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Zero Hedge

A Debt Ceiling Deal Is Near-Term Risk For Stocks


Authored by Simon White, Bloomberg macro strategist,

Far from being a risk-on stimulus, a debt-ceiling resolution will expose stocks to a correction as the resulting increase in Treasury issuance sucks liquidity from the system.

With all the banal inevitability of rain on your day off, debt-ceiling negotiations are threatening to go to the wire. For now, expectations are still for some sort of agreement to be reached, with equity investors adding this to their quiver of reasons to be bullish.

No agreement would be negative for stocks, but even a detente is likely to lead to risk-off moves in markets. A debt-ceiling extension would allow the Treasury to ramp issuance back up, leading to a drop in central-bank reserves and bank deposits, absorbing liquidity and sparking a notable short-term correction in equity markets.

Net issuance in both T-bills and bonds has dwindled to almost zero as the debt limit approaches. The Treasury has been drawing down its account at the Federal Reserve (the TGA) to fund spending it would normally pay for through borrowing. Overall liquidity has thus remained supported while the politicians sow confusion and disruption.

But new issuance is like a liquidity hoover, sucking up Fed reserves and, as the chart below shows, leaving stocks prone to downside.

The key question is, will reserves fall as the Treasury issues more debt? The risks are firmly tilted in this direction. To see why, we need to consider who is likely to buy new Treasury debt and how this affects bank deposits and reserves.

The most detrimental effect is if households or corporates purchase the debt. That’s because bank deposits are used to make the purchase. Now, if the Treasury spent all of the proceeds, they would end up as deposits elsewhere, i.e. deposits overall would be unchanged.

However, the Treasury projects it will refill the TGA to $550 billion by the end of June (currently at $57 billion), which means that many deposits, and reserves, will disappear.

On the other hand, if a bank buys the Treasury debt, reserves will likely fall, but bank deposits should remain unchanged. That’s because no deposit-holder is involved in the purchase, while most of the reserves are likely to be absorbed by the TGA as the Treasury refills it.

When a money-market fund buys a T-bill, it depends on whether it’s investing new money or not. If the money comes from a bank (escaping still significantly lower deposit rates versus MMF yields), then deposits and reserves will fall if the Treasury refills the TGA with the proceeds. But if the MMF takes reserves from the RRP facility, then deposits and reserves will remain unchanged.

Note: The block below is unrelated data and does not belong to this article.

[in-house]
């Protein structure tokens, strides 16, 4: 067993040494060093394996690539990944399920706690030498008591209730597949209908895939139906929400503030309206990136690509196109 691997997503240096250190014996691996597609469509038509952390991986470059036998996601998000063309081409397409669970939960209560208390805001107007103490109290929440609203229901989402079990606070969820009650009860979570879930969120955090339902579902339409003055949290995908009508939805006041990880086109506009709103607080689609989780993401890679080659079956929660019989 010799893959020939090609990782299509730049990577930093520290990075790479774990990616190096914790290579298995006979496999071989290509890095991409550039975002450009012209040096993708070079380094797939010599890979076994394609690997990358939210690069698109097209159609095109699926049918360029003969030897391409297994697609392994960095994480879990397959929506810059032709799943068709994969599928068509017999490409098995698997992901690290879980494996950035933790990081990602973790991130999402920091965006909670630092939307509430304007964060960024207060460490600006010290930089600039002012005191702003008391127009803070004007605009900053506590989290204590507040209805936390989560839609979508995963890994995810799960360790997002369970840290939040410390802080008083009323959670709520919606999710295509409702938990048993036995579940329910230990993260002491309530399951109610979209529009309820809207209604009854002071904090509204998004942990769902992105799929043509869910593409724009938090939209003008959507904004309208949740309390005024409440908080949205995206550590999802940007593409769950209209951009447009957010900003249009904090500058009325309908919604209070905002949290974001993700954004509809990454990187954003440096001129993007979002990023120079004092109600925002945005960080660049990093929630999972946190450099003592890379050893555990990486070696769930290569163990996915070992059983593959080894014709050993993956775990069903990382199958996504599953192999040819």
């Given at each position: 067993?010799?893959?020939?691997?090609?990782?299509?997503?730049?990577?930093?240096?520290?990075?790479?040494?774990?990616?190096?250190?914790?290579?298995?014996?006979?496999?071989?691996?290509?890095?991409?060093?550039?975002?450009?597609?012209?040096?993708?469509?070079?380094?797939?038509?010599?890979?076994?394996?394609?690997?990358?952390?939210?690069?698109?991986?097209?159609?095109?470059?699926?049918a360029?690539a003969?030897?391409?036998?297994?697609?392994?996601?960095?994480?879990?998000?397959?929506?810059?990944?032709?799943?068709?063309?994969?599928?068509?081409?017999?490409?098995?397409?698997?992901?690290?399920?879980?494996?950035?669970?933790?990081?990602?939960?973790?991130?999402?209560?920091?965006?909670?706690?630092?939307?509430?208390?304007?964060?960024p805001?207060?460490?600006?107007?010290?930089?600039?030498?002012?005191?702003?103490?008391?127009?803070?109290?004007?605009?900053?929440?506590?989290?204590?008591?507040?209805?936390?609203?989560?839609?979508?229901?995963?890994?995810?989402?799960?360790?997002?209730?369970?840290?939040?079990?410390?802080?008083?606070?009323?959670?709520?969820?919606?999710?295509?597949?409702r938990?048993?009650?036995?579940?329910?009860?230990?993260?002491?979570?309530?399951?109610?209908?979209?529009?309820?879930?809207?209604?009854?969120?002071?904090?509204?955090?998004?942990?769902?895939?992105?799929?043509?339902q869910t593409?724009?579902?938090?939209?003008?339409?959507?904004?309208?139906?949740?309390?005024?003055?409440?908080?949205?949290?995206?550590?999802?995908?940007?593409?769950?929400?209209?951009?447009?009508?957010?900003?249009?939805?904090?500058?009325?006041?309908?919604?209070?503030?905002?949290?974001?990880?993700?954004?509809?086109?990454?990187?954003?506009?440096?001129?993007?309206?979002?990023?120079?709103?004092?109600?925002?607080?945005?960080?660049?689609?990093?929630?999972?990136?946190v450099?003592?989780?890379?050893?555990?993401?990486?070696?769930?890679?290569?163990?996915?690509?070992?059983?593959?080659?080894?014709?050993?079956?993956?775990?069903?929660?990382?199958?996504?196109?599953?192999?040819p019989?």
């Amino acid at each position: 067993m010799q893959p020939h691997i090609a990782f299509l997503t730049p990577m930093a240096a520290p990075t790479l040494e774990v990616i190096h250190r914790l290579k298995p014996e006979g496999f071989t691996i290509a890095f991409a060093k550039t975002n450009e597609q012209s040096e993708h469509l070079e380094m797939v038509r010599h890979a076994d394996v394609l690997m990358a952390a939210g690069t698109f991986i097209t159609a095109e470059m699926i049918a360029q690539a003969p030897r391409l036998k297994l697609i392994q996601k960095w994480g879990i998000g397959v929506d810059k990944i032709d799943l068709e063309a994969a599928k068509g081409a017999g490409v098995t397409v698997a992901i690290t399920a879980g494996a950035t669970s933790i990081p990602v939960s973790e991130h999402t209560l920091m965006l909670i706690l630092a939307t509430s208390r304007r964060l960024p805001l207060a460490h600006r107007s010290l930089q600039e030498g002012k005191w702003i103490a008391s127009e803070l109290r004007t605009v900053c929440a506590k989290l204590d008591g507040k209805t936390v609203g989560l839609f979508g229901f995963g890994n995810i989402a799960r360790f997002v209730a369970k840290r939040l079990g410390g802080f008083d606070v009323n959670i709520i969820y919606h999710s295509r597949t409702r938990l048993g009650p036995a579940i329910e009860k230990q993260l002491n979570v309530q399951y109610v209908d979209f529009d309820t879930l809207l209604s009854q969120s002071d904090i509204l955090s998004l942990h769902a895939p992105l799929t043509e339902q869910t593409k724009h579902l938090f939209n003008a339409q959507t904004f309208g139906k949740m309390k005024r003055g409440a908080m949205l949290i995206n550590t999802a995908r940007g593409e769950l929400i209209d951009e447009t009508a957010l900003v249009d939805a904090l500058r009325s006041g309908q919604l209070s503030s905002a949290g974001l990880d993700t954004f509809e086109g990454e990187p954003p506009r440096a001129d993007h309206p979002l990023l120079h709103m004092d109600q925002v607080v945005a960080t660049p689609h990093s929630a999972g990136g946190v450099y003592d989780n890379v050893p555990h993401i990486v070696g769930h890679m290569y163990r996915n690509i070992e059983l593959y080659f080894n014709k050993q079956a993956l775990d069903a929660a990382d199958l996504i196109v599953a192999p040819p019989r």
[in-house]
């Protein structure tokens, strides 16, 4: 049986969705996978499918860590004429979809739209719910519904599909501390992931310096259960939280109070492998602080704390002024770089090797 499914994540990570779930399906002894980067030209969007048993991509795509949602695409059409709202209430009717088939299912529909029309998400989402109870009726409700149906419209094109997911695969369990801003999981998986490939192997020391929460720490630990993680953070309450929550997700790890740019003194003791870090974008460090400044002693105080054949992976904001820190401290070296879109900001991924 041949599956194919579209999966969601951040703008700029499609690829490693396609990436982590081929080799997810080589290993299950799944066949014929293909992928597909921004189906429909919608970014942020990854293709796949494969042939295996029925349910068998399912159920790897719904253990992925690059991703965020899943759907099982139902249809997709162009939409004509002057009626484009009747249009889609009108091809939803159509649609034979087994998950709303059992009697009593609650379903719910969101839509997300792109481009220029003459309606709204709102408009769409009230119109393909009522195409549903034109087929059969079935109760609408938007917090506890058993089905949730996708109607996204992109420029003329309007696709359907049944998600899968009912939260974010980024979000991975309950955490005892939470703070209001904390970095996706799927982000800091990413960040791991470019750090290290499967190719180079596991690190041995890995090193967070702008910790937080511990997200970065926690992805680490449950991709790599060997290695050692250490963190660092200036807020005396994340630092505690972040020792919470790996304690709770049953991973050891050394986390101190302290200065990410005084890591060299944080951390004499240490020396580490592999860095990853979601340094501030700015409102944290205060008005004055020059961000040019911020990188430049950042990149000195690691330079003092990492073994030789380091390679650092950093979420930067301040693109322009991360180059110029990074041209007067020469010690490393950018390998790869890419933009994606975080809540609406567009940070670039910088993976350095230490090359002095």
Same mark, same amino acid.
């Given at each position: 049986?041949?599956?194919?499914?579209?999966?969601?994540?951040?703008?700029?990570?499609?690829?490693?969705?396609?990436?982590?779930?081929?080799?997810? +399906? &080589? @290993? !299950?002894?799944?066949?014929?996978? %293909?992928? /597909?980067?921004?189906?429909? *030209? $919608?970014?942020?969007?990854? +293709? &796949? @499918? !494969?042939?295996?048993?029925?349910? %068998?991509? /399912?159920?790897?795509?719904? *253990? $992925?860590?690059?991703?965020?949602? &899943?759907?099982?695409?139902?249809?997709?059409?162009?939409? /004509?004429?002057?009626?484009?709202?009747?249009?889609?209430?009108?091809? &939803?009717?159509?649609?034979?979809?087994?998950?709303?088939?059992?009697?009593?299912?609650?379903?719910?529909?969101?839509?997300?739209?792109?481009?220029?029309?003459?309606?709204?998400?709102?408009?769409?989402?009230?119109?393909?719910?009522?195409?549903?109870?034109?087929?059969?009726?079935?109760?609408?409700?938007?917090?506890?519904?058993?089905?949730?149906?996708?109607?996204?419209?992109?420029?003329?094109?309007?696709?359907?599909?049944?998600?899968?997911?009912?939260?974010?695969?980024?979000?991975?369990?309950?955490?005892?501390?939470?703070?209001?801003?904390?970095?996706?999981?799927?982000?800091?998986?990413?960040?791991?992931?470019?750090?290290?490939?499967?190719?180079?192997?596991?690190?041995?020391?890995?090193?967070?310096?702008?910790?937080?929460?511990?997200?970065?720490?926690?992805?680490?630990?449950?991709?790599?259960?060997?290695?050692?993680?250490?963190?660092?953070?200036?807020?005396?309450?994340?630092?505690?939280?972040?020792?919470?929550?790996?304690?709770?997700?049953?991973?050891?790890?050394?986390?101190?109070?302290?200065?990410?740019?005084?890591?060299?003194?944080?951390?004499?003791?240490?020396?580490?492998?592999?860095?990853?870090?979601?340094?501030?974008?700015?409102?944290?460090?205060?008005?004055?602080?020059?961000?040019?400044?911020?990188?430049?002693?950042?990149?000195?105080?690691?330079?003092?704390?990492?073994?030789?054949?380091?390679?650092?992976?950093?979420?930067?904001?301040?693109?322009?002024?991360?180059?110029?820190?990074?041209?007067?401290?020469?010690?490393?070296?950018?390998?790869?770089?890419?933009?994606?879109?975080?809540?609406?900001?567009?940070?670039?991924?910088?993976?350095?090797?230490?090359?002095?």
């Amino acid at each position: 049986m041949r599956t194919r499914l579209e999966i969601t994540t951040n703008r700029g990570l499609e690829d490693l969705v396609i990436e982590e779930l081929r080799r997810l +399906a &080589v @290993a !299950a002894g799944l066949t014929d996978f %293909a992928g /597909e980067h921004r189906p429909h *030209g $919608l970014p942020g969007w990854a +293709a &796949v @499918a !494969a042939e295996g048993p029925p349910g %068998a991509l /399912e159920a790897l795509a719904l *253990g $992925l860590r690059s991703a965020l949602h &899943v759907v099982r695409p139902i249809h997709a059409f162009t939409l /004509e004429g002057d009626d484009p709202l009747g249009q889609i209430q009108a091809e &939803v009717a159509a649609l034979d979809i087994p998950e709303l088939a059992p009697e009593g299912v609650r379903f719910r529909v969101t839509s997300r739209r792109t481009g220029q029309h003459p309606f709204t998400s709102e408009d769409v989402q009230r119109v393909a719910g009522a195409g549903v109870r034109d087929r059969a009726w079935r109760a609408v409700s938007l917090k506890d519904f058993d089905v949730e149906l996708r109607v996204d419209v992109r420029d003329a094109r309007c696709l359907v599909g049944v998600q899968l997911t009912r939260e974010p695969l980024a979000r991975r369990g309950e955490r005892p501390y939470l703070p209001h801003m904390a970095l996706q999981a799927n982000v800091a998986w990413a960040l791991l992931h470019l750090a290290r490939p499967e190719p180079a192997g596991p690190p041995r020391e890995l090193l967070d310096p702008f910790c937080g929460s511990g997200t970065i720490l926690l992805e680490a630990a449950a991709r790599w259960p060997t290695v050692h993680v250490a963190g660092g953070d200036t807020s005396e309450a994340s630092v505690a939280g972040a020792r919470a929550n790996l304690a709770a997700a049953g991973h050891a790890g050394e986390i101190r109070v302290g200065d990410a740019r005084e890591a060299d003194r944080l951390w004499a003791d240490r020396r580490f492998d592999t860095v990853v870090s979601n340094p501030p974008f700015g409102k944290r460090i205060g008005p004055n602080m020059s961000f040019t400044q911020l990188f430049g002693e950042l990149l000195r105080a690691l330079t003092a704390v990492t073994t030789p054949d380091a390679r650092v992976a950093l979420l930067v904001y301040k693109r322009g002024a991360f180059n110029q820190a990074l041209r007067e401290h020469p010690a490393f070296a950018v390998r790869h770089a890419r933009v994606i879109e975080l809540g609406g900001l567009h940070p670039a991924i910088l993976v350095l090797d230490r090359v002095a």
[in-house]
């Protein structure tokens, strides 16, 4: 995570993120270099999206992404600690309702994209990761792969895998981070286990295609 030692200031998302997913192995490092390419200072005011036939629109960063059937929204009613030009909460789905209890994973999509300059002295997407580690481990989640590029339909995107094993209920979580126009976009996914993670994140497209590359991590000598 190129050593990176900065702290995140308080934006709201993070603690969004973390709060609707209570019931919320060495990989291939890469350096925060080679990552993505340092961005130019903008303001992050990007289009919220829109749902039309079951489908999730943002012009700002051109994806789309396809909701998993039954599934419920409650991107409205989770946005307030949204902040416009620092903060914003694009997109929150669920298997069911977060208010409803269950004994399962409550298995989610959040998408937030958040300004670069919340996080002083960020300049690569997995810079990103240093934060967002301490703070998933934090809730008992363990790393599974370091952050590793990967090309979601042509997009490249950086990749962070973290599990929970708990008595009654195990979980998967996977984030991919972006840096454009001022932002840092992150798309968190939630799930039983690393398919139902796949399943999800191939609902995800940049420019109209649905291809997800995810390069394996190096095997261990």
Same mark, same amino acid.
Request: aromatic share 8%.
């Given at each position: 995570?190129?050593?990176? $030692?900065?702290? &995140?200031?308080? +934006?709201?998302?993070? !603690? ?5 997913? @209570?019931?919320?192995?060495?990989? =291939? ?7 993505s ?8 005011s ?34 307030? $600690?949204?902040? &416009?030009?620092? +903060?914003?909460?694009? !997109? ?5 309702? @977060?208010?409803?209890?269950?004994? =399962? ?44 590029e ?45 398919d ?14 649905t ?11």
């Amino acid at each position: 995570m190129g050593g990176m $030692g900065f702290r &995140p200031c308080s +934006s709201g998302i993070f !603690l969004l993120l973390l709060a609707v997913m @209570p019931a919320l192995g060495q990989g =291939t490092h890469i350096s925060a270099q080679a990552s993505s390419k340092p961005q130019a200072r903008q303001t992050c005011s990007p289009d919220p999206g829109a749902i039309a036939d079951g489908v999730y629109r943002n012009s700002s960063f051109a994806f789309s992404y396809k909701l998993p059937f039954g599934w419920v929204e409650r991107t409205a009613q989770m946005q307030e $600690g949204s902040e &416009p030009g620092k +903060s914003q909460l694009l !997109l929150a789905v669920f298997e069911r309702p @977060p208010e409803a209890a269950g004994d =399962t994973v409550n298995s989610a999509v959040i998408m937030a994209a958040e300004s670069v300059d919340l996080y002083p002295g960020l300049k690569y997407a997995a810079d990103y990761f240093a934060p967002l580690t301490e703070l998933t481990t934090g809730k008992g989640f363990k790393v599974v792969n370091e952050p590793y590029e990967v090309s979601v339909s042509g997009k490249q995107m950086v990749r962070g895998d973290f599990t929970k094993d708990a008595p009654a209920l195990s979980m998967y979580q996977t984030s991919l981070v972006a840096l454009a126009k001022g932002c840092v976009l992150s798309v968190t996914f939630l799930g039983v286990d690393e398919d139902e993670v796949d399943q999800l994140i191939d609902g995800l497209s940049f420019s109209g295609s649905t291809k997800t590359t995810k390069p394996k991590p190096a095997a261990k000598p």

Unfortunately, banks or MMFs will be unlikely to shoulder much of the new-issuance burden.

Lenders are already too long of duration (as recent bank failures have highlighted). And as the chart below shows, banks typically reduce their duration risk in response to higher rates. Even after some recent divestment, there is likely a lot more to come.

MMFs are unlikely to be much help either. For a start, they only buy T-bills, not longer-dated notes and bonds. Secondly, the rate offered on the RRP facility continues to be more attractive than 3-month bills. MMFs are therefore unlikely to want to switch into them from the RRP.

That may change in due course, however, if bill issuance pushes yields higher than the RRP facility. Furthermore, a peak in rates will eventually mean the 3-month rate will drop below the overnight rate, making the RRP less attractive. But for the time being, MMFs are likely to maintain their preference for the RRP.

Will foreigners come to the rescue? Total overseas UST holdings remain below last year’s peak. EM global reserve managers are trying to diversify their holdings so they are less concentrated in dollars, while large DM holders of Treasuries, such as energy importers like Japan and Switzerland, have been selling reserves in the order of hundreds of billions of dollars.

We are thus left with households and corporates who will most likely absorb the majority of the new issuance. As the chart below shows, this means bank deposits are likely to continue falling, and with them, reserves.

Households have already been doing the heavy lifting, the sector adding $750 billion to their UST holdings over the last half of 2022 (the latest period we have data for), much more than any other sector.

That trend is poised to continue as the Treasury increases issuance (projected to be over $2 trillion for FY2023) and the Fed proceeds with QT, thus wicking away liquidity.

Equities – even if the medium and longer-term picture is improving and underweight investors are chasing the market – are therefore not home and dry yet, and are liable to face some – potentially sharp – short-term downside once the political theatrics are over.

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